richard hallam

David's Box: The Diaries and Letters of a Young Man Diagnosed as
Schizophrenic, 1960-1971
Richard Hallam and Michael Bender, July 2011
Polpresa Press | ISBN 978-0-9560975-1-4 | Paperback | RRP £15.99


These edited journals of a highly intelligent young man document in painstaking detail what it was like to be diagnosed with schizophrenia in the 1960s - the dehumanising attitudes, the inept prescription of drugs, and other shortcomings of mental health services. "David" eventually manages to sustain an unskilled job and move into a bedsitter but is now faced with goading from his fellow workers and social isolation. Giving up the job he hates and faced with a return to living in a half-way house, he calmly tells us why he made his final decision.



Book cover

The journals give an insight into the experience of madness that no textbook or retrospective account could supply. David was a fly on his own wall, attempting all along to make sense of his life, but barely succeeding. His perceptive observations inform us of the dilemmas that continue to challenge mental health professionals, and 'service users' today. For this reason, the authors have added a chapter on the changes to mental health services since 1970 and evaluate what progress has been made.

Richard Hallam and Michael Bender are clinical psychologists who worked in the UK National Health and Social Services in the late 1960s. They are both internationally recognised authors who have published many books in their own areas of expertise. In her foreword, Jacqui Dillon, Chair of the National Hearing Voices Network, England, introduces David's Box as an account of survival in adversity.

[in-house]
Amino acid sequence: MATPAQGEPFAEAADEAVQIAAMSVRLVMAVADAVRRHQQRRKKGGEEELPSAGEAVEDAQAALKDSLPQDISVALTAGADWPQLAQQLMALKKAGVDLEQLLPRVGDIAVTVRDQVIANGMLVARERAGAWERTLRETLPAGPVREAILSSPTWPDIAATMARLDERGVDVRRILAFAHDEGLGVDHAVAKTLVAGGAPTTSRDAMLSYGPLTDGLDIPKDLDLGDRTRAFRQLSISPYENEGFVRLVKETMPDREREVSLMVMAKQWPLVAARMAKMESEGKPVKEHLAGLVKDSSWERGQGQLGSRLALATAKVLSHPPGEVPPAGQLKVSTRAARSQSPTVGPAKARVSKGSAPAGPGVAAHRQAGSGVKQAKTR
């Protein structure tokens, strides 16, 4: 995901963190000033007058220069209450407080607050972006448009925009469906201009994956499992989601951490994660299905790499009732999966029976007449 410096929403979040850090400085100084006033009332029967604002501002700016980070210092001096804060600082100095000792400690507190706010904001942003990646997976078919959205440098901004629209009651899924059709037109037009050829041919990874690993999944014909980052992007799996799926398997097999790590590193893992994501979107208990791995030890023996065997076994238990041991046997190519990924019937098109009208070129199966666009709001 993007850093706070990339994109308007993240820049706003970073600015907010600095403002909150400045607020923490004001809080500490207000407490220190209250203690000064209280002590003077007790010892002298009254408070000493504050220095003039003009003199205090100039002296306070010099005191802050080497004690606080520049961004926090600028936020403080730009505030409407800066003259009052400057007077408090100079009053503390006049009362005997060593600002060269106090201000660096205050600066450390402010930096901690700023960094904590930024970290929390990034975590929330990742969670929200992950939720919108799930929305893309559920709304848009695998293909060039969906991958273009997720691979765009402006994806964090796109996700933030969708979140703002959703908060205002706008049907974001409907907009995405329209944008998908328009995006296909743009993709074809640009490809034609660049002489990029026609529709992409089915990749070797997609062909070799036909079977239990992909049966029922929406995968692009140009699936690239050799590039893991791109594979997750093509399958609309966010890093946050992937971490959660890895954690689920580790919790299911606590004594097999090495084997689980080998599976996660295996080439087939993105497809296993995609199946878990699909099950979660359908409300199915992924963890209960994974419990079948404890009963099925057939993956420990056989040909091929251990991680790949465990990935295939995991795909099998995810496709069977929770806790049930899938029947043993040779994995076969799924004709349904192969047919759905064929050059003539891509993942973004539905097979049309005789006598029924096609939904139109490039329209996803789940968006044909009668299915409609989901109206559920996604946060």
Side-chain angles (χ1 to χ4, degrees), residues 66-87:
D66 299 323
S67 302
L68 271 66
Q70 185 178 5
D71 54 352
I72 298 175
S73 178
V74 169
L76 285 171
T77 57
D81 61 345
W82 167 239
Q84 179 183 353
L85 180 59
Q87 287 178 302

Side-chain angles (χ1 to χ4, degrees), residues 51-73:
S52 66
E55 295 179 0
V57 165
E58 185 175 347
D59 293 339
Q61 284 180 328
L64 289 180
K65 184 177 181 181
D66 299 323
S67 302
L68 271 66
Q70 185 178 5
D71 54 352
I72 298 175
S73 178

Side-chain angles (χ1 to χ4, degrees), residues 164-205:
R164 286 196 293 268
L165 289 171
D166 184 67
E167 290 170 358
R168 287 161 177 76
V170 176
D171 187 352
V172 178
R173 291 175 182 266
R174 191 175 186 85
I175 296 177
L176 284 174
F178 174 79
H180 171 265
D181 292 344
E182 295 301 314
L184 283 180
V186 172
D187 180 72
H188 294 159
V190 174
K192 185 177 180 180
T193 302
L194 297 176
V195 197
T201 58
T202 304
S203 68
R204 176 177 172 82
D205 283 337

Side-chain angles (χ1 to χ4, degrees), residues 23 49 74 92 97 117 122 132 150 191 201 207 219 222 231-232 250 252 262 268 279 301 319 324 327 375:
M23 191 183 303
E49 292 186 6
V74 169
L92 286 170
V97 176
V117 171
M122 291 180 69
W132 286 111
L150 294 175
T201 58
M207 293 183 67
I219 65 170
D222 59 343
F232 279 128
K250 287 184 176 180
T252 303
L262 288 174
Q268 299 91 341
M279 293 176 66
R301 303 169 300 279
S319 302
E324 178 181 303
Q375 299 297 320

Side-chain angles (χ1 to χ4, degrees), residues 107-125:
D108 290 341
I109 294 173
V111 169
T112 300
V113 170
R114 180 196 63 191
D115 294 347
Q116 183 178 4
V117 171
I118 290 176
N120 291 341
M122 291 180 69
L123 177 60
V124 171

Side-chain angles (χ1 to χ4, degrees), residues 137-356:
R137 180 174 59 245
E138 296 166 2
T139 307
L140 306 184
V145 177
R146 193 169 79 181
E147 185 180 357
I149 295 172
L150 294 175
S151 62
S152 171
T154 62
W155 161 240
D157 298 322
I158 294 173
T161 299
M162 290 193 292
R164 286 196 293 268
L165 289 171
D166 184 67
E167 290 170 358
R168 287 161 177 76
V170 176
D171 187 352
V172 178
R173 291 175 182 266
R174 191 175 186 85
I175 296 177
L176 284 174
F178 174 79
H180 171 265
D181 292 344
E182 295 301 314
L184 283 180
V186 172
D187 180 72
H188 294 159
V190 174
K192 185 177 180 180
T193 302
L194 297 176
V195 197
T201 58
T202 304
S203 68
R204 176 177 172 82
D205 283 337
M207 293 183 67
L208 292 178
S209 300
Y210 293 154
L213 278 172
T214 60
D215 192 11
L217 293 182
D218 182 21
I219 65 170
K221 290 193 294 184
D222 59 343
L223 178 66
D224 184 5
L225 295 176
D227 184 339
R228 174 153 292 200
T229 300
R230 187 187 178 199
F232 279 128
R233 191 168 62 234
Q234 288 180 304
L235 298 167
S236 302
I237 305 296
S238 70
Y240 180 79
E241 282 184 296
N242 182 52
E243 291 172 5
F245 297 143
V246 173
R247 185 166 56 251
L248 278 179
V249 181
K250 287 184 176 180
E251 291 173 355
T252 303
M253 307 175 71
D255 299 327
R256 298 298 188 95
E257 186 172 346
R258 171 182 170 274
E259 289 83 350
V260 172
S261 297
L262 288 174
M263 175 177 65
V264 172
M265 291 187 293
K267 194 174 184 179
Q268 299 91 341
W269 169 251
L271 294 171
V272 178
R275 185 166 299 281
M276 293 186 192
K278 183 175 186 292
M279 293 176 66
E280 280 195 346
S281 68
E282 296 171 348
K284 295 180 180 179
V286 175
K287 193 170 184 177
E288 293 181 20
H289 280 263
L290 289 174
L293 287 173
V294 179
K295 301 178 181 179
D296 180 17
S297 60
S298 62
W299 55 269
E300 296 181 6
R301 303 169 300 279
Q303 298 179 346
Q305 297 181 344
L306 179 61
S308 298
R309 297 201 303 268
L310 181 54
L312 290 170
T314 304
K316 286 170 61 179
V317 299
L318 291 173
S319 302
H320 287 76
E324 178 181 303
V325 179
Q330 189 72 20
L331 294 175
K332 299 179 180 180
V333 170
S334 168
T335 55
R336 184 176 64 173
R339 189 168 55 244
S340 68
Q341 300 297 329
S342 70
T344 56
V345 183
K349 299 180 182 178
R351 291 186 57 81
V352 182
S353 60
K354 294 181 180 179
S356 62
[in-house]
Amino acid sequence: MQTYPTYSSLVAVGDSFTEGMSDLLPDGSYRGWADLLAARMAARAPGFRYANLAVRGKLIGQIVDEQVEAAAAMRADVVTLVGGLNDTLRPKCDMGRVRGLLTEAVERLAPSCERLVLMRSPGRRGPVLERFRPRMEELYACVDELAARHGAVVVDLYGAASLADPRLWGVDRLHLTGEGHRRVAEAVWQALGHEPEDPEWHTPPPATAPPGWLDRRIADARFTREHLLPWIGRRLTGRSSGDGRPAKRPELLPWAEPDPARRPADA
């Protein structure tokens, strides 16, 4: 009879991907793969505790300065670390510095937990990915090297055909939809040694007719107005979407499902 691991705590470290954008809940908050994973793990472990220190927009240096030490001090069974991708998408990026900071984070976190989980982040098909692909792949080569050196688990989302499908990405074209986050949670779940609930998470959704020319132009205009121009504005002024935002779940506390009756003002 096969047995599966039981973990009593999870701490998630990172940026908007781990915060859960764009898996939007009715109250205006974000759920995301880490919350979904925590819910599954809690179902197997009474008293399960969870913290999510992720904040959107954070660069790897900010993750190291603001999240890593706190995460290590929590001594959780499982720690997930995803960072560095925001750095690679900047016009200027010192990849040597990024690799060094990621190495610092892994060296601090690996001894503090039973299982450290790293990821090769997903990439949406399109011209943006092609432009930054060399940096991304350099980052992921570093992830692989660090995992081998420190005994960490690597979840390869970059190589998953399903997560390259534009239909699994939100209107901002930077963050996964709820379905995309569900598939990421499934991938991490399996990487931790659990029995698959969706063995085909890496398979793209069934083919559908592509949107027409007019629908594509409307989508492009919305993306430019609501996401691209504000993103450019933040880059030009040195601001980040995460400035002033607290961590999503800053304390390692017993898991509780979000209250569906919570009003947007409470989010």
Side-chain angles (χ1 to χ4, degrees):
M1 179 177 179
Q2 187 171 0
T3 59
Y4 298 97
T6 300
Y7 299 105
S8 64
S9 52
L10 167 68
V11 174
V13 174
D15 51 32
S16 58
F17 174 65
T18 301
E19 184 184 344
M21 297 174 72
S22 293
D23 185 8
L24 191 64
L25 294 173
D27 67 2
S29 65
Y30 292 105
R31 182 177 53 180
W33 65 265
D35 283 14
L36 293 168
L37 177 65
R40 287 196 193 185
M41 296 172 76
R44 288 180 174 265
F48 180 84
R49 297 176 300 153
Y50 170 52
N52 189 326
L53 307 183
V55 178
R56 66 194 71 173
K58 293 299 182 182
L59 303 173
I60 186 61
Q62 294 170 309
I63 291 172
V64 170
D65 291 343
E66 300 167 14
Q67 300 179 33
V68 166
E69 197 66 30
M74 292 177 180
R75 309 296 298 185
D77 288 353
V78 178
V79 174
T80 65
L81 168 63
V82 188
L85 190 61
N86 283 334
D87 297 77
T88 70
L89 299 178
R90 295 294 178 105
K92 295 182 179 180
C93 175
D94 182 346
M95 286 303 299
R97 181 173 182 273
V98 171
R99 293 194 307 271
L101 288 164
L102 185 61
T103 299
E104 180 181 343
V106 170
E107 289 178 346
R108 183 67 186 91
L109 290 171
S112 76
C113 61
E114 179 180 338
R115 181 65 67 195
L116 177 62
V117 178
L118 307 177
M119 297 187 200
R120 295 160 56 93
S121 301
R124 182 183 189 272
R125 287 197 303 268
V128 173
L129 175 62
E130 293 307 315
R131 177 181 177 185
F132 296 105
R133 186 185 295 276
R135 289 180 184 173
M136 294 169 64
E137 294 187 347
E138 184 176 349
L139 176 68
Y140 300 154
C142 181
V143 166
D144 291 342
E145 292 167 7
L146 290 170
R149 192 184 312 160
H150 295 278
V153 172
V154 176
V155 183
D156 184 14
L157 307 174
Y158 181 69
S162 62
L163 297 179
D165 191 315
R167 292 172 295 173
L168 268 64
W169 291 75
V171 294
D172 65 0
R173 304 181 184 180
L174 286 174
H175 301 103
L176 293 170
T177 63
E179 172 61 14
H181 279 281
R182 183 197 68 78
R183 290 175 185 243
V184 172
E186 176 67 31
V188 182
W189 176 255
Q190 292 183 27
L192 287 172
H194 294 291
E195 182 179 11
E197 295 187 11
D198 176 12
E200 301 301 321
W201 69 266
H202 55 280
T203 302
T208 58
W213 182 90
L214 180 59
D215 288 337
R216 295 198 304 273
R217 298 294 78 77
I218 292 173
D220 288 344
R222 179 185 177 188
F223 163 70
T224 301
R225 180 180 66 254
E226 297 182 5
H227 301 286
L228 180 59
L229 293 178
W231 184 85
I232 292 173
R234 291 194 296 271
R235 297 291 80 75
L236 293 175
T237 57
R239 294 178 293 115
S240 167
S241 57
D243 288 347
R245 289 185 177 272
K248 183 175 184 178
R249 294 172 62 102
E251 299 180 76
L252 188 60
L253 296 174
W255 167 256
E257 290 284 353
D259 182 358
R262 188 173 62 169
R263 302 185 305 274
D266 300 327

* Read extracts in the Guardian

* Advance reviews

"…a graphic and moving excellent complement to the library of professional, student or lay person interested in understanding the challenges faced in providing adequate and effective care for the seriously mentally ill." Glenn D Shean, PhD, Professor of Psychology, College of William & Mary, Virginia

"a fascinating insight into the nature of schizophrenia or psychosis, the mental hospital systems of the 1960s and the terrible toll that this condition can have on individuals and families...his difficulties with his family are all conveyed, movingly, through his own words."
Joanna Moncrieff, MD, Senior Lecturer in Social and Community Psychiatry, University College London

"...these skillfully edited diaries show yet again how much is to be learned from listening to people's own accounts of 'madness'... their tragic end raises the question of how much has changed."
Mary Boyle, PhD, Emeritus Professor of Clinical Psychology, University of East London


* Review in Mental Health Practice, November 2012

"This fascinating book is of great contemporary clinical relvance, and should be compulsory reading for student nurses and practising clinicians alike." Charley Baker, Lecturer in Mental Health, University of Nottingham


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